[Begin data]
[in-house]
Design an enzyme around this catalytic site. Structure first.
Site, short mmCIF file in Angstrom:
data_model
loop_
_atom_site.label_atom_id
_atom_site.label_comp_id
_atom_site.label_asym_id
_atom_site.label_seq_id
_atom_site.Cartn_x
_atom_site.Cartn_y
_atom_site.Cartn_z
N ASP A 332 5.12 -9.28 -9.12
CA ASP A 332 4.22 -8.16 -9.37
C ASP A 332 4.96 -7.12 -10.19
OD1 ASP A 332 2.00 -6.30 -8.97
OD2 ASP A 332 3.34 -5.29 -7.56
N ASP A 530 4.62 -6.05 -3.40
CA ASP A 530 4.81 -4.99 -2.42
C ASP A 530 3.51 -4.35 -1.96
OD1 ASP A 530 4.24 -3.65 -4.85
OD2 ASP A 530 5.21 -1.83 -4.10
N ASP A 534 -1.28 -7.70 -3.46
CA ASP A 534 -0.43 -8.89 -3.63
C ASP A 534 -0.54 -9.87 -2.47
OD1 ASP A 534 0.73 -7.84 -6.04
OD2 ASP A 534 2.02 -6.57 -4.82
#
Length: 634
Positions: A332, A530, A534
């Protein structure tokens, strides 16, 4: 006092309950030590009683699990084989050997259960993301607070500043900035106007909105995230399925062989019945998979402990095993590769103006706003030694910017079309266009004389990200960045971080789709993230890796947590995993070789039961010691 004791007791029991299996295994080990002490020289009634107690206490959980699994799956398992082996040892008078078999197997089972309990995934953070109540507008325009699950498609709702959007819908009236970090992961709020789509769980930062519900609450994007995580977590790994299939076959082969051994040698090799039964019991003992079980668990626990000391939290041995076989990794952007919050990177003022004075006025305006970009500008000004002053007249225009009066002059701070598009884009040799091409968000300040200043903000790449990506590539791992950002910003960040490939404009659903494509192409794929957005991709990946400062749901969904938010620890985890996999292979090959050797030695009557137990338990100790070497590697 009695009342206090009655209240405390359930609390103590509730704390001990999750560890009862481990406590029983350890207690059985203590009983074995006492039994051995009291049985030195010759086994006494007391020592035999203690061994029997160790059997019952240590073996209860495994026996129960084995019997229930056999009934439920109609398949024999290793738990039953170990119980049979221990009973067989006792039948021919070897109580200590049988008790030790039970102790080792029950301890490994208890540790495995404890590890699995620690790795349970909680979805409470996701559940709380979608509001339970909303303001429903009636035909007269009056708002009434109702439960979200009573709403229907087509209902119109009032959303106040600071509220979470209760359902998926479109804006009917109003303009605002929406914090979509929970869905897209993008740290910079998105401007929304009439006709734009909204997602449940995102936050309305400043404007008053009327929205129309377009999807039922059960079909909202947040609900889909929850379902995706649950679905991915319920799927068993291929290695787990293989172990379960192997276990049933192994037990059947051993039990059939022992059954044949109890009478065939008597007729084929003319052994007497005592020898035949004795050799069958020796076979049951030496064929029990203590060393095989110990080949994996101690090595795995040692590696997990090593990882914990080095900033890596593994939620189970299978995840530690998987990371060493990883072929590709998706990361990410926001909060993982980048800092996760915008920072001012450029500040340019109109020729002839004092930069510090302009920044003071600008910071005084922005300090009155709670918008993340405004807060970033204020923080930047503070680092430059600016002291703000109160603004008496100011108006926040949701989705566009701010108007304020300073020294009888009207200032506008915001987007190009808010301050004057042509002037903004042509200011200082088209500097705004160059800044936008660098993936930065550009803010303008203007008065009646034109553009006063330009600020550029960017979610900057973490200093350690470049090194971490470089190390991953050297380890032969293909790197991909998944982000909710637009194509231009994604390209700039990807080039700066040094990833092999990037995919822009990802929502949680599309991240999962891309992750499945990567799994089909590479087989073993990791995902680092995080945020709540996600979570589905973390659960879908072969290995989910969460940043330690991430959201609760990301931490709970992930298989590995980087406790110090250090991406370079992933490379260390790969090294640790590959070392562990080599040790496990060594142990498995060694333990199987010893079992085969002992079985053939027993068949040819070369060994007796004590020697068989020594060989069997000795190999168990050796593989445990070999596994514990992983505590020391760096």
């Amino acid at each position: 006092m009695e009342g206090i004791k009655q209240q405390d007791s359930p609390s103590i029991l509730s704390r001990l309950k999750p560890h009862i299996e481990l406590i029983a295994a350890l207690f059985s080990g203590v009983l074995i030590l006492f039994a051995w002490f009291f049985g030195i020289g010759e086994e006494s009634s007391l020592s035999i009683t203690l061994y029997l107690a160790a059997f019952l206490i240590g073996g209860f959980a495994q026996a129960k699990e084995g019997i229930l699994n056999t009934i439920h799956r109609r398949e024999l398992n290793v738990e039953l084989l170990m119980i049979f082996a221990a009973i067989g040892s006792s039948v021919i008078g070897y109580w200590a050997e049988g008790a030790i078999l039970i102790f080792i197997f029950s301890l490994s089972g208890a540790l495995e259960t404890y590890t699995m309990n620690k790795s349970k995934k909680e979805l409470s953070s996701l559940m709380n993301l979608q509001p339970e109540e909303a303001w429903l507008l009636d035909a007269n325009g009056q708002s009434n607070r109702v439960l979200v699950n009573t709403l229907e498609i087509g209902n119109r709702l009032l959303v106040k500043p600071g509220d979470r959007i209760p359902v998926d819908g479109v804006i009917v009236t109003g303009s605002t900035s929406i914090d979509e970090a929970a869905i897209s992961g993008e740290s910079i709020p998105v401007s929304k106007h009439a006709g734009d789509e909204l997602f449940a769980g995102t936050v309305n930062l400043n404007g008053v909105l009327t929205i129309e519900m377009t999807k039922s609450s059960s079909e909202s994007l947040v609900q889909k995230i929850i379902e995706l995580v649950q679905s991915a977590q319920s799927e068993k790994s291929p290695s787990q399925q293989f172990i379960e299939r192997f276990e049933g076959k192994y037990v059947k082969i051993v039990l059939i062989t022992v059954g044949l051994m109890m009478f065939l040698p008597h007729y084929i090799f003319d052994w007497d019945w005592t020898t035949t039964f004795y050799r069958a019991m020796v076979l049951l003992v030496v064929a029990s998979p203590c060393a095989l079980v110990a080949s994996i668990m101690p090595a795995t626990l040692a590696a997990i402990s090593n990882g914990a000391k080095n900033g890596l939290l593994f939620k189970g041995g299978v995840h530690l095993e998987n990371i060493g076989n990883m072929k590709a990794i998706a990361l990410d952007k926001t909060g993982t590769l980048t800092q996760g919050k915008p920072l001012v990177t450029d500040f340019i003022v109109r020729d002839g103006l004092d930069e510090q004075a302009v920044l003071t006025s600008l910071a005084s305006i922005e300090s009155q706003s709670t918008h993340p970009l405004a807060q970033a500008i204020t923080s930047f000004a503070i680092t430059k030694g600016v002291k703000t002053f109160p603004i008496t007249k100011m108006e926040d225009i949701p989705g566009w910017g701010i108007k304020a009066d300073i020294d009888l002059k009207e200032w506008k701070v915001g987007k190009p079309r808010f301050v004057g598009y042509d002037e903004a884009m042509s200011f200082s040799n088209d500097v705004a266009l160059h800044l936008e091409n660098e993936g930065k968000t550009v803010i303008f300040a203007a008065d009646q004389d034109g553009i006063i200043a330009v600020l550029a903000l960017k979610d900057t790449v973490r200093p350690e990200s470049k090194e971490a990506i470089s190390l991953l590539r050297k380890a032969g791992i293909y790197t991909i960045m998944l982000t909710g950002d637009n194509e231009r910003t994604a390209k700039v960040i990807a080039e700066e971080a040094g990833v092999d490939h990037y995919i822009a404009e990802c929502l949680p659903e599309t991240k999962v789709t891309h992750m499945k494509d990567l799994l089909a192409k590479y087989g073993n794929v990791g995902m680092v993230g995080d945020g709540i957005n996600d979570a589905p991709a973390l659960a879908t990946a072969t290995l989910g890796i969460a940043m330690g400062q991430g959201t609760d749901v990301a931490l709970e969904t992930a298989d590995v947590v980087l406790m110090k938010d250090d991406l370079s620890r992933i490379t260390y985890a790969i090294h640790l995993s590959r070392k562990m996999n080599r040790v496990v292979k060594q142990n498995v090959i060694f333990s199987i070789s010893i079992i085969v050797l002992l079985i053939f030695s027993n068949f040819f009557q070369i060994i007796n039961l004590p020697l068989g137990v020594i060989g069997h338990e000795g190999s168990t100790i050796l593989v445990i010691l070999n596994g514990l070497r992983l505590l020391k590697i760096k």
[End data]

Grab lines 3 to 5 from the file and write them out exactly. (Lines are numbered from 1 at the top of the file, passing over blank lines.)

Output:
Site, short mmCIF file in Angstrom:
data_model
loop_